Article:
Waukesha, Wisconsin, Christmas parade suspect Darrell Brooks Jr. was back in court on Tuesday, when attorneys from both sides discussed any potential jury biases and what should be included in the juror questionnaire.
Lawyers representing Brooks, 40, told Waukesha County Circuit Court Judge Jennifer Dorow that they did not expect to be ready for trial if it begins as scheduled in October, notifying the jurist of their plans to request that the date be pushed back.
Both parties also went back and forth regarding their concerns about possible jury exposure and bias. After roughly 40 minutes of publicized discussions, Dorow ordered attorneys from both sides to meet off-the-record and behind closed doors in the courtroom to go over what questions would be included in a jury questionnaire.
The defense and prosecution met privately for at least two hours, with Brooks also present, before they resumed discussing the matter publicly. During the public portion of Tuesday’s hearing, Brooks wore an orange, short-sleeved shirt and a face mask, with his hair cut. His hands were often folded in front of him and at times, he rocked back and forth in his chair as the judge spoke.
Brooks is represented by public defenders Jeremy Perry and Anna Kees. Waukesha County District Attorney Susan L. Opper is leading the prosecution.
The trial is set to begin on October 3, and is scheduled to go through the month. But Dorow gave the defense until Friday at 4 p.m. to submit a motion to have the trial adjourned until a later, unspecified date. Both parties are scheduled to meet for a hearing regarding the motion on Monday, when loved ones of victims will be allowed to share their thoughts.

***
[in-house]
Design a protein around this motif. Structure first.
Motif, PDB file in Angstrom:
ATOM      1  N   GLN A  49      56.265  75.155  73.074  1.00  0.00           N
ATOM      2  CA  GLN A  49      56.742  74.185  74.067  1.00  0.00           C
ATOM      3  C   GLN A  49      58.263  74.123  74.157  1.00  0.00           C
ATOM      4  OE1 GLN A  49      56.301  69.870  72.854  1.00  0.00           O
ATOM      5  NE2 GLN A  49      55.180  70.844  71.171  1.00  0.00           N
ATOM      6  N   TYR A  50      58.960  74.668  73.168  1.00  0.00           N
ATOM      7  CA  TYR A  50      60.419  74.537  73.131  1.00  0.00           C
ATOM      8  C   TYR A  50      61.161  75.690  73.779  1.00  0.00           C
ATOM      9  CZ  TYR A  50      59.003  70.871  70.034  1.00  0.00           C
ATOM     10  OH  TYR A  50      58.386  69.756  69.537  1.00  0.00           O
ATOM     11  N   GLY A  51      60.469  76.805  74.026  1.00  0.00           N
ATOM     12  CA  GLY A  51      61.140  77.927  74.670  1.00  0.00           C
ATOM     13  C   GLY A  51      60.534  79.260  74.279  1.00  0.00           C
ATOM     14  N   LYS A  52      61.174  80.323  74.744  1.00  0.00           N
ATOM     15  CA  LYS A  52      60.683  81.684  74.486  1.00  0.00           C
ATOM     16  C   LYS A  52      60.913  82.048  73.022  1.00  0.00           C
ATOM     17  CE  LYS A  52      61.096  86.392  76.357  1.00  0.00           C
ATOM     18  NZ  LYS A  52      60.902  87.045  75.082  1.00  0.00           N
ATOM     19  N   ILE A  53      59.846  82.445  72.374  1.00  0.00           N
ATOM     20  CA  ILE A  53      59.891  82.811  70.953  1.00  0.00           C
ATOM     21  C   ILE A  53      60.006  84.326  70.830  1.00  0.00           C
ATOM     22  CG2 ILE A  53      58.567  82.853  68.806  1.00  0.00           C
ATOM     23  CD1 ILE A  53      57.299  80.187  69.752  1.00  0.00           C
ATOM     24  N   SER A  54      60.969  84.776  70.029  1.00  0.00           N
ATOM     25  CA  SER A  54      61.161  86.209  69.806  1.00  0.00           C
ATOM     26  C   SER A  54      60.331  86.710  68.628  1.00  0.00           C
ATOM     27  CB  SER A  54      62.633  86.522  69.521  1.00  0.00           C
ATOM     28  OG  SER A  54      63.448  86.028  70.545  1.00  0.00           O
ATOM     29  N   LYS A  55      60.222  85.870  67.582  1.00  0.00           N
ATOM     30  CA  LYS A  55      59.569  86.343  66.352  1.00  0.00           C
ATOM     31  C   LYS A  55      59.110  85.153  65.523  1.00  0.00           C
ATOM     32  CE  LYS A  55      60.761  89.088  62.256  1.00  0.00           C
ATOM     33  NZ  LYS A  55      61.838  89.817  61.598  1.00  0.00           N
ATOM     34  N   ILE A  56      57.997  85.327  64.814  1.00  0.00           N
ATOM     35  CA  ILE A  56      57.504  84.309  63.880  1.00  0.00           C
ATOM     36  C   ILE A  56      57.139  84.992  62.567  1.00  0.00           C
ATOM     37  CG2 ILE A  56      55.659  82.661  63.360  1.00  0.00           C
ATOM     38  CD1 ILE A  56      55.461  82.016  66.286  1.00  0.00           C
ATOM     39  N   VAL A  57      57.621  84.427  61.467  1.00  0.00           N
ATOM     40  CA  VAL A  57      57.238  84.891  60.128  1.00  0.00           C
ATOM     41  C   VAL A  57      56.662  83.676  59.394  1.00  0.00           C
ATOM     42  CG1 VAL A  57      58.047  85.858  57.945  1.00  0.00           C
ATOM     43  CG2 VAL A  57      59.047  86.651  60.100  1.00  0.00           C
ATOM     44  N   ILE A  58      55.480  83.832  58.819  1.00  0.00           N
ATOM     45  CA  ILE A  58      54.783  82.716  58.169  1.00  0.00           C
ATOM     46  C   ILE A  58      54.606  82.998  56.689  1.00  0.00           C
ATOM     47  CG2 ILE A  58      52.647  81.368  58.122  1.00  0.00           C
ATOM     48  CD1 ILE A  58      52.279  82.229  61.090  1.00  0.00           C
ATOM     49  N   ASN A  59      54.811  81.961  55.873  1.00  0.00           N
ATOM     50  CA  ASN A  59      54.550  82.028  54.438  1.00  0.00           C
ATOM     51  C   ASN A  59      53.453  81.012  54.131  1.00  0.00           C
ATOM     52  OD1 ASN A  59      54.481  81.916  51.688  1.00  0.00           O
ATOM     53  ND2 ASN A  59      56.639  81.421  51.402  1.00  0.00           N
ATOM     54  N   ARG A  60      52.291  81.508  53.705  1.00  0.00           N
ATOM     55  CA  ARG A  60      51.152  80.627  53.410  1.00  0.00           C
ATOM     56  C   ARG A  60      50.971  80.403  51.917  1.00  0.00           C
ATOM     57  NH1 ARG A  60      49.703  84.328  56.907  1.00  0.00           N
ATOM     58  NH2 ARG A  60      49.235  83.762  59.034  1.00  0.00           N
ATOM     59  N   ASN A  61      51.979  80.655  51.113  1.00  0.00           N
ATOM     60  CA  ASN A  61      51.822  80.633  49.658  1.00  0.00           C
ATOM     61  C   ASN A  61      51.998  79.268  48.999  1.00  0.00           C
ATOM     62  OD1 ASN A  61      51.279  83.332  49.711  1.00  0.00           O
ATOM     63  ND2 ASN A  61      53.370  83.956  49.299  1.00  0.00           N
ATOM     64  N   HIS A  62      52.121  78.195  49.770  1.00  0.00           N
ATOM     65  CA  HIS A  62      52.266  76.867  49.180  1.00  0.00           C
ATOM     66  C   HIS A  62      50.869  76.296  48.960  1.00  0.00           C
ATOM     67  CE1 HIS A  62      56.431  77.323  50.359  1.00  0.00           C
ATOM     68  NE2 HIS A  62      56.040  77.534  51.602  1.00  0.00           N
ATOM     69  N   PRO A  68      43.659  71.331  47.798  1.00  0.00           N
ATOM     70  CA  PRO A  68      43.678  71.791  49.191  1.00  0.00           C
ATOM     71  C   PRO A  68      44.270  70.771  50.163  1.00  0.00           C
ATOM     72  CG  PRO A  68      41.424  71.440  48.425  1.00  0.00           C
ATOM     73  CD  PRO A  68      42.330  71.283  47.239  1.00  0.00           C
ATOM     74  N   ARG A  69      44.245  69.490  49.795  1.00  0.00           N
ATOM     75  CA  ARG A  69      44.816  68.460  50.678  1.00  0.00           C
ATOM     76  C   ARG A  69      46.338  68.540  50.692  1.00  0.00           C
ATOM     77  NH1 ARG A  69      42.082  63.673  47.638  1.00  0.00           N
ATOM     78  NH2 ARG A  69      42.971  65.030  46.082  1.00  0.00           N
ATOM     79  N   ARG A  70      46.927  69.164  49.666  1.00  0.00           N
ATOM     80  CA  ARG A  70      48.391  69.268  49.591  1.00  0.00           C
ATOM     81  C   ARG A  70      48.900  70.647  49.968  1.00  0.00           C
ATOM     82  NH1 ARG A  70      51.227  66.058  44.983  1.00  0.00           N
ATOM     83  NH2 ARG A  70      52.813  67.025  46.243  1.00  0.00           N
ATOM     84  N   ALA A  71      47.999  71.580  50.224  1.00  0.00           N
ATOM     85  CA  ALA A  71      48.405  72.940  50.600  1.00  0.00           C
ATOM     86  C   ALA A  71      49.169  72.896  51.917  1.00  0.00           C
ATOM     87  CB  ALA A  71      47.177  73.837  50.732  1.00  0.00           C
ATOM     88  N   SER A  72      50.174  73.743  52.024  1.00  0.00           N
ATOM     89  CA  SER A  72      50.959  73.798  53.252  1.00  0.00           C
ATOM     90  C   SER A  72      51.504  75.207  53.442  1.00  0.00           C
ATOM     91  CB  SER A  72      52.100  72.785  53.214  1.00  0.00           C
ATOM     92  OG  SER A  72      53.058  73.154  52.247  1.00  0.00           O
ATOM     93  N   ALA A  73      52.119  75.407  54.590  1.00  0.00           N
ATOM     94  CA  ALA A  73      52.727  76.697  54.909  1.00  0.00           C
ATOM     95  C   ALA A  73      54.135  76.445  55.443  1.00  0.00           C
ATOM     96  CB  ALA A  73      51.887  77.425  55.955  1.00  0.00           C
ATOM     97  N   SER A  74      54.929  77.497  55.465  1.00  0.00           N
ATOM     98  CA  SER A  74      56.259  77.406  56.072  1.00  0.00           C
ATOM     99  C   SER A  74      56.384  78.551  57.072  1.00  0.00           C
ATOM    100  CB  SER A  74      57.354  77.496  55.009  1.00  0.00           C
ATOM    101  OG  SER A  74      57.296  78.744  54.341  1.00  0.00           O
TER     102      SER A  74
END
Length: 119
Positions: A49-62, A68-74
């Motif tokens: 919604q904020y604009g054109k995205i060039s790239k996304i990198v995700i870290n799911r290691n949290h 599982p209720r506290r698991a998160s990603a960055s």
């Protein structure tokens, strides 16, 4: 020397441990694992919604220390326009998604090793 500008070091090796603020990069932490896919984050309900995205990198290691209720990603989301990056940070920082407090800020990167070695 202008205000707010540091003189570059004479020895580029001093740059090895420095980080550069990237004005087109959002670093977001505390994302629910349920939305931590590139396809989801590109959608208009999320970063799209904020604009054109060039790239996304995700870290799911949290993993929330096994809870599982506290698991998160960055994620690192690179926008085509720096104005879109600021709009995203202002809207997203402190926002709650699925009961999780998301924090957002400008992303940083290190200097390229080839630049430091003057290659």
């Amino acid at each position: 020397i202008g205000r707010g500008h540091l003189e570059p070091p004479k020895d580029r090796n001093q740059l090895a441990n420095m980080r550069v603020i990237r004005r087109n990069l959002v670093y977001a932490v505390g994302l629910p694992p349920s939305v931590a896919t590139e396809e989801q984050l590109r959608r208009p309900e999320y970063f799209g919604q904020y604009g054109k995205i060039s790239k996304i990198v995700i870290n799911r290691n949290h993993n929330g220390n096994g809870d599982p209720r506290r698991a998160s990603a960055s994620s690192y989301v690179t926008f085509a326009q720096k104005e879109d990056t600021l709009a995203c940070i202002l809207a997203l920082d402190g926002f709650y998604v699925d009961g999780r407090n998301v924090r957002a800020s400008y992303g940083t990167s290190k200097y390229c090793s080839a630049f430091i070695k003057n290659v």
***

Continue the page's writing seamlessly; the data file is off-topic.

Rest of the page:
As for jury selection, Dorow said she hoped to have a questionnaire ready to be sent to potential jurors as early as April 15, but stressed that there was time if the document was not ready. She said the Waukesha County potential juror pool consisted in more than 315,000 people in 2021.
Brooks is accused of driving his SUV through a crowd of revelers, killing six people – including a child – and hurting dozens more during the annual Waukesha Christmas parade.
Brooks has remained behind bars at the Waukesha County Jail since he was ordered held on $5 million bail on Nov. 23, two days after the horror. He was originally charged with five counts of first-degree intentional homicide. A sixth count was added later. The half-dozen charges – each of which carries a life sentence if convicted – represent the six people who were killed.
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The deceased victims were identified as Jackson Sparks, 8; Tamara Durand, 52; Jane Kulich, 52; LeAnna Owen, 71; Virginia Sorenson, 79; and Wilhelm, 81.
In total, Brooks was hit with 83 charges related to the tragedy, also including first-degree recklessly endangering safety with the use of a dangerous weapon; hit-and-run resulting in death; felony bail jumping; and misdemeanor domestic abuse.
In December, Brooks told Fox News Digital he felt "dehumanized," and like he was being "demonized." He has pleaded not guilty.
Fox News' Rebecca Rosenberg and Michael Ruiz contributed to this report.